OMAHA, Neb. (AP) — A fire that briefly knocked out the cooling system for used fuel at an idled Nebraska nuclear plant last June represented a serious safety threat, federal regulators said Monday.
The Fort Calhoun plant north of Omaha was shut down at the time of the fire, which started in an ill-fitting electrical breaker, and temperatures never exceeded safe levels, the Nuclear Regulatory Commission said in a preliminary report obtained by The Associated Press before its official release. But the commission said the fire is considered a major concern because it could have happened any time and because workers didn't fully investigate an unusual smell in the area three days earlier that could have led them to discover the problem and prevent the fire.
A serious threat finding typically could mean additional oversight for a nuclear plant, but Fort Calhoun already is under the NRC's strictest oversight level because of a prolonged shutdown that began last spring and several other reported problems — including the failure of a key electrical part during a test and flood planning deficiencies, both found in 2010.
Fort Calhoun initially was shut down for refueling maintenance last spring, but major flooding along the Missouri River forced it to remain closed. The Omaha Public Power District is working to repair any flood damage and double-check all the plant's systems before restarting.
Utility spokesman Jeff Hanson said OPPD doesn't plan to contest the severity of the NRC's finding on the fire.
The fire started in an electrical breaker that had been replaced about 18 months earlier. NRC spokeswoman Lara Uselding said the new breaker had to be modified to fit the existing switches, and the breaker didn't line up properly. That allowed grease to accumulate on the components, which allowed enough heat to build up to start the fire.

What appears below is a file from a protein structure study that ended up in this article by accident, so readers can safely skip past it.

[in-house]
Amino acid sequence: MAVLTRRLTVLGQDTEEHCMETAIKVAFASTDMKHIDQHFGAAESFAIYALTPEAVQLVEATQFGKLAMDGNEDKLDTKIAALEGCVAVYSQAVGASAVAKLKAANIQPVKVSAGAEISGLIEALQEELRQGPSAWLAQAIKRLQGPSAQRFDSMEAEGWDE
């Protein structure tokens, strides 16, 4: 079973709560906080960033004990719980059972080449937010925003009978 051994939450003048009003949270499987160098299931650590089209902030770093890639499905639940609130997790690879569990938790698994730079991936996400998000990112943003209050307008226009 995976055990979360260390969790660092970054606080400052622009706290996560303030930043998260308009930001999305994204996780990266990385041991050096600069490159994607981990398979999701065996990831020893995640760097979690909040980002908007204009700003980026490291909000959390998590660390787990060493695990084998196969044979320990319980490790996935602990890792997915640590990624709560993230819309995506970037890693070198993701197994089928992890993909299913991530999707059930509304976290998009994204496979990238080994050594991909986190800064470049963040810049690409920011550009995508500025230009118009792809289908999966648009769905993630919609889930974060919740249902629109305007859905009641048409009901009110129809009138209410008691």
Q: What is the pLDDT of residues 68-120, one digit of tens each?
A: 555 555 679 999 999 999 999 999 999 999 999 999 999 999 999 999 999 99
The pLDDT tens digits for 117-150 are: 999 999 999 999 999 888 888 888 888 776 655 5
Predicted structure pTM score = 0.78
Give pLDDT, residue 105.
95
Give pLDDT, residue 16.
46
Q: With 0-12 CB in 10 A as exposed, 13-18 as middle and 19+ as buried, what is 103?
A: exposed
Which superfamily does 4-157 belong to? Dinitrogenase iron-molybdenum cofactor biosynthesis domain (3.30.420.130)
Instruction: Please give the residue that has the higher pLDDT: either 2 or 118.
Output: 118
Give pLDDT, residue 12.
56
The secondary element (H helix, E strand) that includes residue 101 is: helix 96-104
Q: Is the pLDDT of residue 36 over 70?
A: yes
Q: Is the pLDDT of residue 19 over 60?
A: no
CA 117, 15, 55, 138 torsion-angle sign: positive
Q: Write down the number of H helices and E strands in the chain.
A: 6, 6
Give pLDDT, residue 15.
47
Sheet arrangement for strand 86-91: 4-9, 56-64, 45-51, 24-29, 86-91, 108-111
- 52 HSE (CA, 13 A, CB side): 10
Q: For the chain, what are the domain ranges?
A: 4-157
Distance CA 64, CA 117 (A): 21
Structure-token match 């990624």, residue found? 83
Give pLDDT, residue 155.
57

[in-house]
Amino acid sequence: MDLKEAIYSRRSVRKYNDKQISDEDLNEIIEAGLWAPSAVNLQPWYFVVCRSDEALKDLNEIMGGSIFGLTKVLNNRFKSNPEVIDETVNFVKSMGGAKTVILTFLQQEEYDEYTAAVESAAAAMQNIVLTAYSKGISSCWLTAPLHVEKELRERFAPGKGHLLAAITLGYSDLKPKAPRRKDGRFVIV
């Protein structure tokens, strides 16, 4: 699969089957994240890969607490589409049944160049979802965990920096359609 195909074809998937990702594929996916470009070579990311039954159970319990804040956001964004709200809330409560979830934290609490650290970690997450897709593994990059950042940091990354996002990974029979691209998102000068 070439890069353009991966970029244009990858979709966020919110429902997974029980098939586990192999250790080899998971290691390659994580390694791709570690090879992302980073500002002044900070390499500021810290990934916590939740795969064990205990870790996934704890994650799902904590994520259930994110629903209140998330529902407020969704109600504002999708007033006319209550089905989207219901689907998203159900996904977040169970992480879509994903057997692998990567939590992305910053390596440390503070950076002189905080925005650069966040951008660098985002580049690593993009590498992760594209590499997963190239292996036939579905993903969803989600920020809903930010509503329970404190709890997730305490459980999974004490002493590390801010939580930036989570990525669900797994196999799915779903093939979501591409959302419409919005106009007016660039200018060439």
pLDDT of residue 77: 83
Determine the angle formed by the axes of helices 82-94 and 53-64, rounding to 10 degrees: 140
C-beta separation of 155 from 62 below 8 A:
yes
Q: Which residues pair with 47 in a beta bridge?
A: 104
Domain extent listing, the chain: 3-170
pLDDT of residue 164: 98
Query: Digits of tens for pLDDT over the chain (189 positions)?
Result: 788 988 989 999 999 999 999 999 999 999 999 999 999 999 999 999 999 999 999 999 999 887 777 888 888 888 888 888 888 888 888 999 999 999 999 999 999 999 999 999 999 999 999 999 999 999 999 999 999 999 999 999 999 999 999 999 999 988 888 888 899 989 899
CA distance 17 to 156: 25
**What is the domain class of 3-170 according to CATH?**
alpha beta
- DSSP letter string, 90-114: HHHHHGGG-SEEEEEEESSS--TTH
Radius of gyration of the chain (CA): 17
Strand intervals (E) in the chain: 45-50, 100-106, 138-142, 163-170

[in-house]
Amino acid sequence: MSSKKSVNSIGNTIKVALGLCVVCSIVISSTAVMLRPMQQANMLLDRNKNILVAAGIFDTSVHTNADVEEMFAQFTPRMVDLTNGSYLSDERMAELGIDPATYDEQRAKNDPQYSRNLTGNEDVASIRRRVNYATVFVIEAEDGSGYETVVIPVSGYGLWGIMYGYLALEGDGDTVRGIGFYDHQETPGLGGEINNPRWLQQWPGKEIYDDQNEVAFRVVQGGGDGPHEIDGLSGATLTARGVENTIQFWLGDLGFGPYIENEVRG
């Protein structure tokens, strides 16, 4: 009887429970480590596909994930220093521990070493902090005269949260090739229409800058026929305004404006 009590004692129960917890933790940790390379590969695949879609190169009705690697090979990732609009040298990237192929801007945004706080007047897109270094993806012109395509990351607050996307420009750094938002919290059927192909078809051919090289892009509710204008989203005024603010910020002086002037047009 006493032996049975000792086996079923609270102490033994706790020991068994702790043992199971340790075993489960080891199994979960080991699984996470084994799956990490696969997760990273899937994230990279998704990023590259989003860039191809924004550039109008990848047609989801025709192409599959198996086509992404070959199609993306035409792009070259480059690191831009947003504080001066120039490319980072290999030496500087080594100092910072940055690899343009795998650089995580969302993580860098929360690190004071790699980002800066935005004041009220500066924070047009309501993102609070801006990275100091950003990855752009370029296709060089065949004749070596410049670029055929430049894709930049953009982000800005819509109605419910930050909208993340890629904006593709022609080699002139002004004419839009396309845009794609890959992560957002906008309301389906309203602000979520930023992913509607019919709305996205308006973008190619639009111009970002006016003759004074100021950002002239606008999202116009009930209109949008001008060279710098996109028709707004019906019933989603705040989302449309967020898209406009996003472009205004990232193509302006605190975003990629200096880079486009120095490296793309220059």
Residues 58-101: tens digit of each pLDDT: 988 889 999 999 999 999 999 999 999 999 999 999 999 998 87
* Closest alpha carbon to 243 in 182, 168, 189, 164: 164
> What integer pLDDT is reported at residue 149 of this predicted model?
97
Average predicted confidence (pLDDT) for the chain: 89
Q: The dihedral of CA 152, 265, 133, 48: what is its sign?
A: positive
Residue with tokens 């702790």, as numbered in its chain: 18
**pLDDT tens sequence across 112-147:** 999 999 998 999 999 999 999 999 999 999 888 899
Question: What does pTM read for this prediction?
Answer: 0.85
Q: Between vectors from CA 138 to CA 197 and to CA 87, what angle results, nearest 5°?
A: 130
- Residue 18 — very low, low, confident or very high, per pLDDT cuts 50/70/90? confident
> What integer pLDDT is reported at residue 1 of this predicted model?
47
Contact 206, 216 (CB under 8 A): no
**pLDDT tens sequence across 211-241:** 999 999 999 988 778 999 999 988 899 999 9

During the fire, smoke and soot spread into Fort Calhoun's backup electrical system and knocked that out as well. Uselding said the utility is working to redesign the system to prevent a fire from being able to knock out both power systems again.
The NRC said in December that Omaha Public Power District officials also were too slow to notify state emergency response officials about the fire when it happened.
Hanson said the faulty breaker already has been replaced, and was successfully tested last week. He said the utility is making progress toward restarting Fort Calhoun, but won't rush the process.
"We're hoping for a spring restart," Hanson said.
The NRC will have to sign off on all repairs before any restart.
The utility submitted a detailed improvement plan to the NRC that regulators approved last fall. Utility officials have said they need to improve the way Fort Calhoun's staff identifies and fixes any concerns at the plant.
Nuclear Regulatory Commission: www.nrc.gov
OPPD Fort Calhoun news: http://www.oppd.com/Nuclear/22_007432
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